3. Corso Garibaldi and the Church of Sant’Andrea
At this point, from the Via Regia, we cross another historical street: Corso Giuseppe Garibaldi. Here you can stop for a coffee given the large number of bars, but also ice cream parlours, pastry shops and restaurants; it is also an ideal place for shopping, if you are interested… But please stay focused because I still have a lot to show you!
Moving through the little streets, you can reach the Church of Sant’Andrea, built in 1836 at the behest of the Duke of Lucca, Carlo Ludovico di Borbone. He ordered it to be built because of the increase in population and had it dedicated to Saint Andrew.
4. Piazza Shelley and Villa Paolina
A few metres from where you are standing is Villa Paolina, which overlooks Piazza Shelley. This square has a very interesting history, because in the past the coastline was here, i.e. there was the sea! In addition, in the centre of the square there is the bust of the English poet Percy Bysshe Shelley, who was found dead here.
Villa Paolina was the seaside villa of Pauline Bonaparte, Napoleon Bonaparte’s sister. It had a large panoramic garden, with trees, vineyards, a building for meetings… In short, a villa of great luxury! It is also called the “refuge of Venus“, in praise of Pauline’s beauty.
5. Piazza Garibaldi and the War Memorial
Walking along the XXV Aprile Children’s Park, we come to Piazza Garibaldi, or rather… Piazza delle Paure! Are you curious to know why this name? I’ll explain it to you straight away: the monument that stands in the middle of the square was not liked by the children, it even made them cry, and that’s why when the children had a tantrum, their mothers threatened to take them to this place!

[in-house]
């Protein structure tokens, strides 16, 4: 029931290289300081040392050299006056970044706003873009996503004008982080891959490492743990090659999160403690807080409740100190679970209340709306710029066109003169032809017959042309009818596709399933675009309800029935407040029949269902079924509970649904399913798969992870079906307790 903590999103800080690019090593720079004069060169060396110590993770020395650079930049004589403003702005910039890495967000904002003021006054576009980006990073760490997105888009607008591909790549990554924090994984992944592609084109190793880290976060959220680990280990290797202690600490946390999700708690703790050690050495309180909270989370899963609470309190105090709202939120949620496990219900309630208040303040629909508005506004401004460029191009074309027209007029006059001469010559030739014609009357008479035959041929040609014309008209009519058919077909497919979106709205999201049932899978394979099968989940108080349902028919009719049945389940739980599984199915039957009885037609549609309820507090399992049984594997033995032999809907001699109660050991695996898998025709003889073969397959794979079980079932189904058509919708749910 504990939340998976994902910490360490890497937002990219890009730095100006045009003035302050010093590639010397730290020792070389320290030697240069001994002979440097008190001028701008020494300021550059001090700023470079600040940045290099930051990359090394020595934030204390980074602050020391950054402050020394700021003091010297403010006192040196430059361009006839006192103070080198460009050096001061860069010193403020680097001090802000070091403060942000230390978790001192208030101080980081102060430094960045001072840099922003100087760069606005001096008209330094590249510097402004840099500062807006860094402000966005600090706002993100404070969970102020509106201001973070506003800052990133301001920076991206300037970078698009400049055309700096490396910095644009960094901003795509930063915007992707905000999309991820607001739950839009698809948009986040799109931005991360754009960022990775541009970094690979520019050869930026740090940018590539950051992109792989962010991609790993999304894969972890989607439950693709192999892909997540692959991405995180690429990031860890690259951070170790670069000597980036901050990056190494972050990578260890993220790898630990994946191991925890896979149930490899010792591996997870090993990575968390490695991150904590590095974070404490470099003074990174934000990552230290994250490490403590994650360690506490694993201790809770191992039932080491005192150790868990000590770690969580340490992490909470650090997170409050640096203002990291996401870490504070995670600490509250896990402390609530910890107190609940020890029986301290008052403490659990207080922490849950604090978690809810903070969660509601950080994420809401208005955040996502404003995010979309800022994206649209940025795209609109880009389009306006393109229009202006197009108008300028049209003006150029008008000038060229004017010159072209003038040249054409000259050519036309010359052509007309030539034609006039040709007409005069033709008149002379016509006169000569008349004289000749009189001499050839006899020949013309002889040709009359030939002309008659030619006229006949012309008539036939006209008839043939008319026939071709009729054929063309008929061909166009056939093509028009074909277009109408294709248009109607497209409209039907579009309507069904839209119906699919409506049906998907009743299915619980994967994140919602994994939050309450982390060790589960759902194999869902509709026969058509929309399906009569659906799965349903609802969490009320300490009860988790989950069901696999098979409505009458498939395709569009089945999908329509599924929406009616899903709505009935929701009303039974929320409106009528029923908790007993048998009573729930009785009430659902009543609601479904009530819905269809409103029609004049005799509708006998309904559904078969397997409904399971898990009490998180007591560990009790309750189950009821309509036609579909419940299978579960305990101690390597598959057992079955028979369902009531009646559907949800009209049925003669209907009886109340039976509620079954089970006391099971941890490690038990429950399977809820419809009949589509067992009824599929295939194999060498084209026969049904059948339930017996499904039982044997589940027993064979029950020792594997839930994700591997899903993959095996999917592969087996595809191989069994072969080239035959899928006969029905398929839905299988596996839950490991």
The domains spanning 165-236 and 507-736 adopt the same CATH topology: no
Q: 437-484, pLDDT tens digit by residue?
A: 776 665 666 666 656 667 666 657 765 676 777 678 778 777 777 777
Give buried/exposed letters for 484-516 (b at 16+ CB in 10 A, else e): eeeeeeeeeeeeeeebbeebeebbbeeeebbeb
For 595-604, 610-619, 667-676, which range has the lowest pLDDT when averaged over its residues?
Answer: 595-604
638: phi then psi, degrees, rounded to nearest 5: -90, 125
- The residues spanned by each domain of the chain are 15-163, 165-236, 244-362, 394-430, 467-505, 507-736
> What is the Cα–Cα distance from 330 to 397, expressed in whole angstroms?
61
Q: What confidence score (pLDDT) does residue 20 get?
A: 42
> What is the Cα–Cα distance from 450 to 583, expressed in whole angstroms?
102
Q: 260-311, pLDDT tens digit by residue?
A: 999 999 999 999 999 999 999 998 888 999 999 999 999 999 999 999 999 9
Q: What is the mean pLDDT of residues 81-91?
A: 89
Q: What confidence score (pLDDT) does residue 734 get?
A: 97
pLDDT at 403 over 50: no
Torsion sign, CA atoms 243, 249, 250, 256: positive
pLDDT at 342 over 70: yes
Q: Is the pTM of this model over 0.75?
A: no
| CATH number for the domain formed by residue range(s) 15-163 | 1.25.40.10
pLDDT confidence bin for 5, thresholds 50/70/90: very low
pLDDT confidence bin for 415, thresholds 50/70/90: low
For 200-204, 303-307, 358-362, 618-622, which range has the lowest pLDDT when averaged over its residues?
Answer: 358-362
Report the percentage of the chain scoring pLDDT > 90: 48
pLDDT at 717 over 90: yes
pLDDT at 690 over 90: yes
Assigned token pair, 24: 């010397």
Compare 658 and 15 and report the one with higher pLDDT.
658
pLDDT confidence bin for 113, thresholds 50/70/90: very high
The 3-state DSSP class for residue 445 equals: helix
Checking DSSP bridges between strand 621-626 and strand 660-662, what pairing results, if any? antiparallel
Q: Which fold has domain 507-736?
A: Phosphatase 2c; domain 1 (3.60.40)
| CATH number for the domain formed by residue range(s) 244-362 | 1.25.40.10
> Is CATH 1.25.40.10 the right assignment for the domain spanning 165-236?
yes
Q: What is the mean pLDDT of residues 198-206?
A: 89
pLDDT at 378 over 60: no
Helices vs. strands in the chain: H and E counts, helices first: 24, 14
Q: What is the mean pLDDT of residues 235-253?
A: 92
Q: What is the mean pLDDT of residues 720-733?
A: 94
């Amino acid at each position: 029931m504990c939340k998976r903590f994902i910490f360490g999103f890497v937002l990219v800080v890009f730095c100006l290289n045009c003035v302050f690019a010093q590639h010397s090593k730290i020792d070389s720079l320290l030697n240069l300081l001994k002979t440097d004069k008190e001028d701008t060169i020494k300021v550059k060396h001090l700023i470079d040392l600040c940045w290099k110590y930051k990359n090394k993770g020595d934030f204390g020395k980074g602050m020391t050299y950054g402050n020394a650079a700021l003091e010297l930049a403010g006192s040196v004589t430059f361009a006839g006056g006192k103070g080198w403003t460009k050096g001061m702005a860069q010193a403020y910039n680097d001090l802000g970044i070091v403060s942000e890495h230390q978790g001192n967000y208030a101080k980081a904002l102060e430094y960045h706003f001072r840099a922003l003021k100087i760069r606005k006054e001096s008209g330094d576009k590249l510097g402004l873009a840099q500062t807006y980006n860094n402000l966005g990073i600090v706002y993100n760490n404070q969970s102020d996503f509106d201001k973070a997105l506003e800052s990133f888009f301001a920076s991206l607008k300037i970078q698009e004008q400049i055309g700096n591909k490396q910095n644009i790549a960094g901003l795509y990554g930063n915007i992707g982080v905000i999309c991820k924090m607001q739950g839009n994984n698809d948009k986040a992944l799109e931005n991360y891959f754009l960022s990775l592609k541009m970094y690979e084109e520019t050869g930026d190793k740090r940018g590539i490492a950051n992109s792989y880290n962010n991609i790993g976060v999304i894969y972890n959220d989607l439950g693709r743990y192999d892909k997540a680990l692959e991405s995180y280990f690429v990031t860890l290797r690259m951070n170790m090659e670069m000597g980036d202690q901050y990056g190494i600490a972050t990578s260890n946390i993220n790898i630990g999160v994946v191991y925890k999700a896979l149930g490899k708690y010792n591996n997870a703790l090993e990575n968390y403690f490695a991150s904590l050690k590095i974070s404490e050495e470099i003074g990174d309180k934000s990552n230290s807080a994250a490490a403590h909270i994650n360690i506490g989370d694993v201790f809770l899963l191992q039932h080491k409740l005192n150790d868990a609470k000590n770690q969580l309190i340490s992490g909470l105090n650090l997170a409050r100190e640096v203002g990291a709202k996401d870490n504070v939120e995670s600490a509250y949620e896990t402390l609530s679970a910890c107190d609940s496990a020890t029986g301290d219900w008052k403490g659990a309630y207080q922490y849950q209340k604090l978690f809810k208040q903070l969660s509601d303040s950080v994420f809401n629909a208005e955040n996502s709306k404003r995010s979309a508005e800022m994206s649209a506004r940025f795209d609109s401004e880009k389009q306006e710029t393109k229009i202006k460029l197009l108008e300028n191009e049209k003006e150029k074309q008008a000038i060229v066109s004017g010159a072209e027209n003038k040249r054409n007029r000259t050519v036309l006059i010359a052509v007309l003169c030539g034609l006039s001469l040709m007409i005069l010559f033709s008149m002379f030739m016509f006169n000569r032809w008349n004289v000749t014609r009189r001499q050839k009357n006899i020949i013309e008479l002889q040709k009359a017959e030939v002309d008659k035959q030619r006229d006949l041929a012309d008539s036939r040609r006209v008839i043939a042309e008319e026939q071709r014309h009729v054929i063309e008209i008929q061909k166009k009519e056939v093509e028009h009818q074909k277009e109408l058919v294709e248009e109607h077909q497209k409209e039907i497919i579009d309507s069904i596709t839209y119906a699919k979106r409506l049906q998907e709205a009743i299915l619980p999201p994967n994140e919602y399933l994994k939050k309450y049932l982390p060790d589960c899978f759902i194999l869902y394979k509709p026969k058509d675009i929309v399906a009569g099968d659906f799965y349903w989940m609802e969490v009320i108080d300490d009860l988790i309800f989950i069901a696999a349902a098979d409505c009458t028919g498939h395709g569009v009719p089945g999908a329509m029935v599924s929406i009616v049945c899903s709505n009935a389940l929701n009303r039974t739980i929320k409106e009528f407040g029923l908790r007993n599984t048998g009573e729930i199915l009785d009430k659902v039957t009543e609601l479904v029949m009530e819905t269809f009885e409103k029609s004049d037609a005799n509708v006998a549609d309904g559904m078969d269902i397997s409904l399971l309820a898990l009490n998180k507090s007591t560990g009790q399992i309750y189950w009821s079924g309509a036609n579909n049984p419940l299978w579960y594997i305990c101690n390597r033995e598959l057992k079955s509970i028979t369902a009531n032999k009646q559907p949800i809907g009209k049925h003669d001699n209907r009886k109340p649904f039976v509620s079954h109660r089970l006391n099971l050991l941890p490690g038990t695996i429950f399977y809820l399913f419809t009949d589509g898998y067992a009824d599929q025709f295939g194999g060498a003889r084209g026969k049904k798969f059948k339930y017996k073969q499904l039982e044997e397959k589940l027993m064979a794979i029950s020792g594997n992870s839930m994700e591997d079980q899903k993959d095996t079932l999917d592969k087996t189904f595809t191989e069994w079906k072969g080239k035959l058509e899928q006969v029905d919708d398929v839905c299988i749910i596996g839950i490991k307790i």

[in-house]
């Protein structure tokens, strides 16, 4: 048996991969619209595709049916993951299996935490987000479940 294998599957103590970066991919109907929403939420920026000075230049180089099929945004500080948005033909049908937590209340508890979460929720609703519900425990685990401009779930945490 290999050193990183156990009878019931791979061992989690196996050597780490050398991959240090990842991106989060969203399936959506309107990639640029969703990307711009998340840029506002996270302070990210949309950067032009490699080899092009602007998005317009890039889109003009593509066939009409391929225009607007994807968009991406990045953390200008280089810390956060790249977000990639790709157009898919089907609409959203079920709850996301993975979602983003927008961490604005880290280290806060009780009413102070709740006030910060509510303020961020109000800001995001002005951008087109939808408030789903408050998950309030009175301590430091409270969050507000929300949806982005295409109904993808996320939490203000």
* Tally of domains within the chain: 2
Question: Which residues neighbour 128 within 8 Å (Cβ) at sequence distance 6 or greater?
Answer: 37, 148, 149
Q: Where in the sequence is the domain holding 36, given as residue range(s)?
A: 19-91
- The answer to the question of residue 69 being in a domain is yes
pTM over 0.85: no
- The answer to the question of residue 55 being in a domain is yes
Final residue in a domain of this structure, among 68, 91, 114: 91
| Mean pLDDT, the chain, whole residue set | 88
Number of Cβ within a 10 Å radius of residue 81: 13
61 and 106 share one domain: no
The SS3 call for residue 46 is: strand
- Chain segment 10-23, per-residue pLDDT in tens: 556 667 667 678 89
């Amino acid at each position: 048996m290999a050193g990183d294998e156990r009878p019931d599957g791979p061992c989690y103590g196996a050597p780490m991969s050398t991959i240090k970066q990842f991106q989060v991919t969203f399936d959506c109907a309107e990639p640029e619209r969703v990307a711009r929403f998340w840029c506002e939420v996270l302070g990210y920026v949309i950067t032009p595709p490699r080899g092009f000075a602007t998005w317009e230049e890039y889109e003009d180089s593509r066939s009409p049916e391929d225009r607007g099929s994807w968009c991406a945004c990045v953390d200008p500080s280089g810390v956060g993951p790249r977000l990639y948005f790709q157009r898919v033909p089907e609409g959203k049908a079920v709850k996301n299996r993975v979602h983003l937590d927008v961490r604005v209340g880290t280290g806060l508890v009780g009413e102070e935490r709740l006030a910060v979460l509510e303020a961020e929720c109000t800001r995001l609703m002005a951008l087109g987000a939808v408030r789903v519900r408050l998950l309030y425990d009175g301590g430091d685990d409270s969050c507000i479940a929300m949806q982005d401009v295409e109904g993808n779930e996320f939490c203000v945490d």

But how did it come to this? Let’s take a step back… in 1918 a competition was held to beautify the square, more than fifty designs were presented. The winner was the one of two sailors shot down by enemy fire and a third who rises again, sowing for a better future. The feeling of suffering is therefore evident, combined with that of rebirth. The fate of the monument was uncertain for a long time as it had sparked off various controversies, but in the end it was accepted by the people and today it is considered one of the main things to see in Viareggio.
6. Politeama Cinema Theatre
As well as Piazza delle paure, the Politeama Theatre also has a nickname: Trojan Horse, due to its precarious wooden structure of the time. It was renovated several times in order to strengthen the structure and finally demolished and rebuilt in 1902. During the war, the theatre was destroyed by a bomb and rebuilt in reinforced concrete, in 2000 further renovated and brought up to technical standards, but closed in 2018.